2012 NFL Draft: Predicting Landing Spots for Top RBs
Who the remaining top backs will be is a little less certain.
There are not many big name running backs in the 2012 draft class. It might take three rounds before the first five running backs are taken.
This article will predict the landing spot for each of those players.
After helping Alabama win the National Championship his first year as the starter, Trent Richardson is unquestionably the highest touted running back in the 2012 draft. He will be swooped by the Cleveland Browns with the fourth overall pick.
Colt McCoy was unable to improve after a decent rookie season. Part of the reason for the sophomore slump was the absence of running back Peyton Hillis, who likely will not be on the Browns' roster in 2012.
Richardson, who is listed at 5'11" and 224 pounds, is ready to be a starting running back in the NFL. He has a good initial burst and runs low behind his pads. It is easy to stereotype Richardson as a power back, but he is deceptively elusive.
Richardson has the potential to be what Frank Gore could have been if not for his knee injuries in college: an every-down, all-purpose power back with the ability to carry a team with a weak quarterback.
Polk did not get much recognition during college because he played for the University of Washington. Even within the Pac-12, his play was overshadowed by the flashier LaMichael James.
However, by the time the draft comes around he will be the No. 2 back on most teams' draft boards.
At 5'11", 224 pounds, Polk is a powerful runner with an elusive side. He is built to be an every-down back who can carry the ball 20-plus times per game. Polk is also an above-average receiver.
His biggest asset is his vision, which allows him to predict where the running lanes will be before they develop and then make cuts to avoid over-pursuing defenders. His ability to foresee a play makes him look faster than he is.
Polk has the potential to put up Matt Forte-like statistics.
The Bengals are a young, up-and-coming team. Polk will initially be asked to split time with Cedric Benson (if Cincinnati plans on keeping him), but over time will establish himself as the starter. He will help maximize the production of A.J. Green and Andy Dalton for years to come.
Miller is a fast back who can quickly change direction. His strength is running the ball to the outside where he relies on his speed to outrun defenders.
Measuring in at a generous 5'11" and 212 pounds, Miller is not physical enough to consistently have success running between the tackles.
The Broncos, who are looking to surround Tim Tebow with talent (to hide his flaws), will look to add a quick back to compliment the aging yet still productive Willis McGahee.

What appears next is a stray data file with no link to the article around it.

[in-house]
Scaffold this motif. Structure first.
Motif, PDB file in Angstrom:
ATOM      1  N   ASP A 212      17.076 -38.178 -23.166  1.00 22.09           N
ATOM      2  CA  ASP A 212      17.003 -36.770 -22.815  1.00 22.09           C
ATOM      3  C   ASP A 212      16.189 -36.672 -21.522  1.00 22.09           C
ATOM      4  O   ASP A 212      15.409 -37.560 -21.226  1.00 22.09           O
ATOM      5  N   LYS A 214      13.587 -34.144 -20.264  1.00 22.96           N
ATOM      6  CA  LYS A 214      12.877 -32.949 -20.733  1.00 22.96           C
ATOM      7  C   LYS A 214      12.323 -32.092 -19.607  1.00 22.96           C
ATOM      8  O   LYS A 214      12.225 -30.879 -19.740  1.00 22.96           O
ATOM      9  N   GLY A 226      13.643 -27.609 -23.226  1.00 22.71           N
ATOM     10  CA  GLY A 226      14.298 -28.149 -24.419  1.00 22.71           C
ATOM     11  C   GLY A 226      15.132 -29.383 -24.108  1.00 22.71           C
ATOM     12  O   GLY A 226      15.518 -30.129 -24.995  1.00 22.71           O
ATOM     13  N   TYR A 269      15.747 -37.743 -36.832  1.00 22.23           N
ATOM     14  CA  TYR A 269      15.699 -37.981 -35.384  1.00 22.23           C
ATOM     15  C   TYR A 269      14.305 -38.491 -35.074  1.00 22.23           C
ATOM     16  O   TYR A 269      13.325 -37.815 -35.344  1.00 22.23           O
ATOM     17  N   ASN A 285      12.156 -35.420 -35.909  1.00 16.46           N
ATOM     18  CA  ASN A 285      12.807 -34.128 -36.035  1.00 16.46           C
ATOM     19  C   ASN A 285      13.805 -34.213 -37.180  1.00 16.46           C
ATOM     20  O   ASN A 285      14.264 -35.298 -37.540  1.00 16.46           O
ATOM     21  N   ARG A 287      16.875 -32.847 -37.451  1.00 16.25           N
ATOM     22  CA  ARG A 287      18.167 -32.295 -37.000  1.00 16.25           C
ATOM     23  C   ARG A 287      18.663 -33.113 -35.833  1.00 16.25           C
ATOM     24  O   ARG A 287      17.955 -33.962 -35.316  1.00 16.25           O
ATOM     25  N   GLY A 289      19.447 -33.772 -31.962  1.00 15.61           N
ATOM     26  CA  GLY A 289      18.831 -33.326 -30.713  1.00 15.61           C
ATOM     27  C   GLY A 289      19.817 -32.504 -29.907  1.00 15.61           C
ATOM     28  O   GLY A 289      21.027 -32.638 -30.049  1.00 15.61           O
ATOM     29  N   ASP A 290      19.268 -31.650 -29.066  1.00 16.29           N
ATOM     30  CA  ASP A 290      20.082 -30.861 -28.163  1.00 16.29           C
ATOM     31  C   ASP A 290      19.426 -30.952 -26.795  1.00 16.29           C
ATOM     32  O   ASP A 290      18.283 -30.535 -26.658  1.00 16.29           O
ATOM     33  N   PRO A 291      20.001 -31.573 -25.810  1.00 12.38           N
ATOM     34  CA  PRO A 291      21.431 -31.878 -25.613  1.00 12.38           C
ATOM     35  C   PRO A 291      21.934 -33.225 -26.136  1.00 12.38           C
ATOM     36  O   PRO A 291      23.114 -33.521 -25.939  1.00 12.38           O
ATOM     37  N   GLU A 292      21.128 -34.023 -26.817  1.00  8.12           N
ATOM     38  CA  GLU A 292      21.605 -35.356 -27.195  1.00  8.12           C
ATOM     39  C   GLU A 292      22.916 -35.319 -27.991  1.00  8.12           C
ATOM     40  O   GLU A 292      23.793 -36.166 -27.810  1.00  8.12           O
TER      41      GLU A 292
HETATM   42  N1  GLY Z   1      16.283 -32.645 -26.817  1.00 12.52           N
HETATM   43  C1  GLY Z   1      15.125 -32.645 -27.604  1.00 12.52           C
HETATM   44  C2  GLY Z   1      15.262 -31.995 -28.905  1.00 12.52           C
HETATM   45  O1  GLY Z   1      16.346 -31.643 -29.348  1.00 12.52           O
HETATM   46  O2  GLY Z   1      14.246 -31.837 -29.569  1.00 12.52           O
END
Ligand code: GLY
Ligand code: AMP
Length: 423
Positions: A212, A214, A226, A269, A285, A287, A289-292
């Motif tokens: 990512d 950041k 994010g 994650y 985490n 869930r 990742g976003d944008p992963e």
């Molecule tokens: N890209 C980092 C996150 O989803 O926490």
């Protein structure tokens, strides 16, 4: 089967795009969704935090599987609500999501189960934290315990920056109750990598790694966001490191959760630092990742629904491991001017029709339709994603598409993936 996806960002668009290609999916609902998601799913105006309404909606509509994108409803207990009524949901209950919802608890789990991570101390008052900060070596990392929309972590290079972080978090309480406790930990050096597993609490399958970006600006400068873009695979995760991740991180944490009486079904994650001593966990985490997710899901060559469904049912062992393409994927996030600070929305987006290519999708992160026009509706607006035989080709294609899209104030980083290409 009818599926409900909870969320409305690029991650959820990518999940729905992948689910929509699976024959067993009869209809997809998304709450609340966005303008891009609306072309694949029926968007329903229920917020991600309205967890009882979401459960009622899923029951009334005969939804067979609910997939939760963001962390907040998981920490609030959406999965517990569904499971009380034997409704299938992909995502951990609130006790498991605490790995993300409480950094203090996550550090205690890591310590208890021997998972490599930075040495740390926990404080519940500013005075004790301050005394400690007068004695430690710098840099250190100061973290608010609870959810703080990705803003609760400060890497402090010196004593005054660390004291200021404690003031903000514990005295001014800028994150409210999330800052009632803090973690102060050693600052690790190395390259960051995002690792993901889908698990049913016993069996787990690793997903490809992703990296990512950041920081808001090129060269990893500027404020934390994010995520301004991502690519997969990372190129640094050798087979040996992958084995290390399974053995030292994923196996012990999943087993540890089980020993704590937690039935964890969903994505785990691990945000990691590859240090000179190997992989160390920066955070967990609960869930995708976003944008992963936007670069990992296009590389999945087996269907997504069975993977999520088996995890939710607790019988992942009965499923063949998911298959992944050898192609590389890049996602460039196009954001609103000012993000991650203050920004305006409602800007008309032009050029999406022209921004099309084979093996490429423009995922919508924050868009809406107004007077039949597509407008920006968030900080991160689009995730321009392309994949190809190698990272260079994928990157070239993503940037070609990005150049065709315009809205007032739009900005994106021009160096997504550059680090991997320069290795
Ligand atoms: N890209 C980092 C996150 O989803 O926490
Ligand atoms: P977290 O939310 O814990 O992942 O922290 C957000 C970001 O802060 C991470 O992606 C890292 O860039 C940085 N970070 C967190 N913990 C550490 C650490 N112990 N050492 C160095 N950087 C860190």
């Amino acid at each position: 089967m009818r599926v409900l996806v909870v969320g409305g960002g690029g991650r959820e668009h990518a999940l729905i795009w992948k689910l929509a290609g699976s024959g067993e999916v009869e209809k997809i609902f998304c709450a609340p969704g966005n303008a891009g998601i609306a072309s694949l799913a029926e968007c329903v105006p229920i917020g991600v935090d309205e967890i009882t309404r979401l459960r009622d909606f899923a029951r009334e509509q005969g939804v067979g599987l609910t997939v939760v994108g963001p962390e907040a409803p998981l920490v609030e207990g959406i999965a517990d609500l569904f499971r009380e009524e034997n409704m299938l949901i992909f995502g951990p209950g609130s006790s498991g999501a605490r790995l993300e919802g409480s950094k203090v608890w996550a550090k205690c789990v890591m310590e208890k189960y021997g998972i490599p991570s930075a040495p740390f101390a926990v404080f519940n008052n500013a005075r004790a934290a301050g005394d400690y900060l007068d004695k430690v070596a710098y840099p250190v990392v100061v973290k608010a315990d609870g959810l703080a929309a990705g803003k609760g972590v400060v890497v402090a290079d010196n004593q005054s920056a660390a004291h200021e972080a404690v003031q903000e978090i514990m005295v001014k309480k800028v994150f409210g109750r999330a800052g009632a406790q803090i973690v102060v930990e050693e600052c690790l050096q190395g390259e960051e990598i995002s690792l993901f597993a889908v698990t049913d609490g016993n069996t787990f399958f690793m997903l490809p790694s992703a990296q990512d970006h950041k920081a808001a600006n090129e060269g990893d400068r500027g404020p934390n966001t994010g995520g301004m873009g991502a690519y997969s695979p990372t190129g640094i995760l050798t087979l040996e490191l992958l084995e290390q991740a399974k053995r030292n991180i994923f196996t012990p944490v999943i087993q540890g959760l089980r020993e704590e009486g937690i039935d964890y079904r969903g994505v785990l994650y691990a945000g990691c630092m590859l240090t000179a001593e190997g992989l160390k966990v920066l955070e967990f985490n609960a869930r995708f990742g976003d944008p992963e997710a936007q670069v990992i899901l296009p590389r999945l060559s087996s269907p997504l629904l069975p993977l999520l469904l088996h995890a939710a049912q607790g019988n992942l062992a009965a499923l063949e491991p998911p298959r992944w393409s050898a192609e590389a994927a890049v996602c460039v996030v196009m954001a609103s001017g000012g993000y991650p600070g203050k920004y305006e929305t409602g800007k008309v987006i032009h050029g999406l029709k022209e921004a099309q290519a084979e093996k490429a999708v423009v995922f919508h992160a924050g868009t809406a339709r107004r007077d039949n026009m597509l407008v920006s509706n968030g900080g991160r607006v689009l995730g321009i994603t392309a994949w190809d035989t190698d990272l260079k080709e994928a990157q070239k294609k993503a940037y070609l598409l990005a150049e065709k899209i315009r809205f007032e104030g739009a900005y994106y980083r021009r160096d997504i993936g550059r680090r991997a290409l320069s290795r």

Miller's ability to get to the outside will stretch the defense and open up running room for Tebow and McGahee up the middle.
Knowshon Moreno has been a disappointment since being drafted 12th overall in the 2009 draft. His production has suffered due to a string of injuries.
The Broncos hope that the combination of McGahee and Miller will result in the balanced rushing attack they were promised when they drafted Moreno.
In the not-so-far future when the tires fall off of McGahee, Miller will take over as the starter but still split time with Moreno.
Like Lamar Miller, Wilson has blazing speed, but at 5'10", 210 pounds he is too nimble to be an every down back.
He has a good center of gravity which helps him stay on his feet as shown on this run against Clemson.
His downside is that he will not be an every-down back.
The addition of Wilson would add to a crowded backfield that already includes Ryan Grant and James Starks (assuming they both return for the 2012 campaign). Both of these backs have shown glimpses of brilliance, but they also lack consistency.
Of the three, Wilson is the most explosive and will thrive if he is given the same responsibilities Sproles has in New Orleans.
James has the potential to be one of the biggest steals in the draft if he is put into the right system. If it were not for his tiny 5'9", 185-pound frame, James would rival Polk as the second best back in this year's draft.
But James uses his small size to his advantage. He is able to hide behind his offensive line which buys him a little extra time to find the opening in the defense, and once he sees green grass ahead, he is gone.
There is no better open-field runner than James. He possesses lightening quick speed and utilizes cut-back lanes to gain big yards.
The biggest concern on James is whether his talent will translate into the NFL where the defenses are bigger and faster.
In Tampa Bay, James will complement LeGarrette Blount in the backfield (like he did at the University of Oregon). The combination of the powerful Blount and shifty James will keep defenses on their heels and provide the Buccaneers with a much needed home-run threat on offense.
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